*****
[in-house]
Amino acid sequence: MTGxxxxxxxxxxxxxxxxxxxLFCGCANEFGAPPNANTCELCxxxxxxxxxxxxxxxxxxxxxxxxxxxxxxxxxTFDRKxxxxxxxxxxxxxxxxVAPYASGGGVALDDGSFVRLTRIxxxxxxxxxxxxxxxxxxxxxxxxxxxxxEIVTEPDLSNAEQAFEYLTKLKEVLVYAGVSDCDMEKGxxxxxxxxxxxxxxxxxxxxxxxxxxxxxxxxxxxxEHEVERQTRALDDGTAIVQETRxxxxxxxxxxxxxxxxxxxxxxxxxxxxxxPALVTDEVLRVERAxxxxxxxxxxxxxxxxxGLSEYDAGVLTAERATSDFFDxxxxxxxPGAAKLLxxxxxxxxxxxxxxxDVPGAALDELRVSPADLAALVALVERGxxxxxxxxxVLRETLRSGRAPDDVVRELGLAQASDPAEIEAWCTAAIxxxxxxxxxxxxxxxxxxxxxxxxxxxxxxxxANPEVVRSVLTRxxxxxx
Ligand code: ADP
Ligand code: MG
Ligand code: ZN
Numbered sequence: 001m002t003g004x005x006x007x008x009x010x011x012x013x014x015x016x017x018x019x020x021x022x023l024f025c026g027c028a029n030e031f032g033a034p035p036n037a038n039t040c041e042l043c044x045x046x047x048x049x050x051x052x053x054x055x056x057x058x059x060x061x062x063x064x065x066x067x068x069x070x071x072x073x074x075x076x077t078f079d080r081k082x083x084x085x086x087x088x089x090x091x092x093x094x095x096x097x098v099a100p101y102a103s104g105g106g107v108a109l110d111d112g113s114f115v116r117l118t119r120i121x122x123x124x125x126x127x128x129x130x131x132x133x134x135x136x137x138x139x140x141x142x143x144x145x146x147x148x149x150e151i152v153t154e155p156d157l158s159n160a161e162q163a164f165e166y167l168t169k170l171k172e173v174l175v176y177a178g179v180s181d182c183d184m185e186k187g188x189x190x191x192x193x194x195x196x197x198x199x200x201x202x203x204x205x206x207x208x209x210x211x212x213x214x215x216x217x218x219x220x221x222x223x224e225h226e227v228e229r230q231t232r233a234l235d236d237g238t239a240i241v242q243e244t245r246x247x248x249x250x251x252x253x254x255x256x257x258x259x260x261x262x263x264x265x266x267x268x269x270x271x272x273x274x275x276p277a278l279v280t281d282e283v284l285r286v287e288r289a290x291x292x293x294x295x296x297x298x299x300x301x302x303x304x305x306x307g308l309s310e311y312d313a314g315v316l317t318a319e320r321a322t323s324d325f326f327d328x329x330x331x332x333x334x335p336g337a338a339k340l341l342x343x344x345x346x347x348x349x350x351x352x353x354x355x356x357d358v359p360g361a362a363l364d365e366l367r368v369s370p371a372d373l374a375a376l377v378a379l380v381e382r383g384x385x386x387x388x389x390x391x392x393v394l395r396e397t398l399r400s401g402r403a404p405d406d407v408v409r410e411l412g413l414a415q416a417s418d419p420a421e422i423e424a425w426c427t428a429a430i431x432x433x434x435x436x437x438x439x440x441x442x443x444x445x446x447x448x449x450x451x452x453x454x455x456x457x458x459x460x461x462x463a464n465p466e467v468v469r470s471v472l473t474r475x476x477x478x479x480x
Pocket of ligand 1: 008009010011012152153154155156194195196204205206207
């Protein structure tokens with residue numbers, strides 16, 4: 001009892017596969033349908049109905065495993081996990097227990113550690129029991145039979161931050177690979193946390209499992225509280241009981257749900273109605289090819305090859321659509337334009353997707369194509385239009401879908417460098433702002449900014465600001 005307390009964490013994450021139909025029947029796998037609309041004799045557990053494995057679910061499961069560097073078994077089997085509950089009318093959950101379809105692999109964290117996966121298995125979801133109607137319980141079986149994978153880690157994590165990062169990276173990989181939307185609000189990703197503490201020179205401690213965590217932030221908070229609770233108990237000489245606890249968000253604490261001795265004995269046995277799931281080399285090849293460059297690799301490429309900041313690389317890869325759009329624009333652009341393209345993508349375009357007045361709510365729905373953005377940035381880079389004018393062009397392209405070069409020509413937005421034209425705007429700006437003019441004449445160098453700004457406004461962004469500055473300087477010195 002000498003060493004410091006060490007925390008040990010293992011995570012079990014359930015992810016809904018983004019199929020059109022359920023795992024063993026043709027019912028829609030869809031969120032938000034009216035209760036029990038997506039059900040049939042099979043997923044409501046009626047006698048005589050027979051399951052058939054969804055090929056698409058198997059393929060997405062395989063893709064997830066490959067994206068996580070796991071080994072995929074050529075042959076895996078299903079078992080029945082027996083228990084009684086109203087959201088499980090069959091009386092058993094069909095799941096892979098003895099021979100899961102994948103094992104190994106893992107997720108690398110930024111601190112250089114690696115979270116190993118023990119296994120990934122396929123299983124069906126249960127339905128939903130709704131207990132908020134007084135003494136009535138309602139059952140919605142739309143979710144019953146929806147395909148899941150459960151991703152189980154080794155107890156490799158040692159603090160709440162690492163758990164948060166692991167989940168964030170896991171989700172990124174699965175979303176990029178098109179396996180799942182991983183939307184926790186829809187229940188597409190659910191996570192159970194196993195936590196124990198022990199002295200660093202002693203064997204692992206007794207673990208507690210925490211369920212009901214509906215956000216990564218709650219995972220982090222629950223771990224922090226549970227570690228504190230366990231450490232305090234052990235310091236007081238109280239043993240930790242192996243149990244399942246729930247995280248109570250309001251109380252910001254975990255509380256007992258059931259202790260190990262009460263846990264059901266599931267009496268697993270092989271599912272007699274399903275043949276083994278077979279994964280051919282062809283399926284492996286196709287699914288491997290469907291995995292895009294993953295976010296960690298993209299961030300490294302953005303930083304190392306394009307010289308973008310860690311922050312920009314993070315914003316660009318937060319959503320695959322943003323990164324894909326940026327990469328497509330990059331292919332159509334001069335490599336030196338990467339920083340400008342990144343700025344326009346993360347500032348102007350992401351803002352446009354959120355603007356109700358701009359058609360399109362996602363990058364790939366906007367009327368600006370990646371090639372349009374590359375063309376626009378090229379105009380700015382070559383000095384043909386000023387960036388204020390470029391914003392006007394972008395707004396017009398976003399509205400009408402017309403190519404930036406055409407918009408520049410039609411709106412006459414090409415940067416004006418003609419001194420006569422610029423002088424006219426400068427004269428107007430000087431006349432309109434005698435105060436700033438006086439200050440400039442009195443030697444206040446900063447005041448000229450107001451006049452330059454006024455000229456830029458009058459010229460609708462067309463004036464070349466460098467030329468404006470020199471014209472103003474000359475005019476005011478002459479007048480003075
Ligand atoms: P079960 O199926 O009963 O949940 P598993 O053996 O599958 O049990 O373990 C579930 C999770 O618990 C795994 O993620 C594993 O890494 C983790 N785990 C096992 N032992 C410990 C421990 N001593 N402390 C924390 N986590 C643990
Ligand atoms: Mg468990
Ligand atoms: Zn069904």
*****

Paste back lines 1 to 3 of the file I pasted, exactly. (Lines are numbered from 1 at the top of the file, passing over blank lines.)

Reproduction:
[in-house]
Amino acid sequence: MTGxxxxxxxxxxxxxxxxxxxLFCGCANEFGAPPNANTCELCxxxxxxxxxxxxxxxxxxxxxxxxxxxxxxxxxTFDRKxxxxxxxxxxxxxxxxVAPYASGGGVALDDGSFVRLTRIxxxxxxxxxxxxxxxxxxxxxxxxxxxxxEIVTEPDLSNAEQAFEYLTKLKEVLVYAGVSDCDMEKGxxxxxxxxxxxxxxxxxxxxxxxxxxxxxxxxxxxxEHEVERQTRALDDGTAIVQETRxxxxxxxxxxxxxxxxxxxxxxxxxxxxxxPALVTDEVLRVERAxxxxxxxxxxxxxxxxxGLSEYDAGVLTAERATSDFFDxxxxxxxPGAAKLLxxxxxxxxxxxxxxxDVPGAALDELRVSPADLAALVALVERGxxxxxxxxxVLRETLRSGRAPDDVVRELGLAQASDPAEIEAWCTAAIxxxxxxxxxxxxxxxxxxxxxxxxxxxxxxxxANPEVVRSVLTRxxxxxx
Ligand code: ADP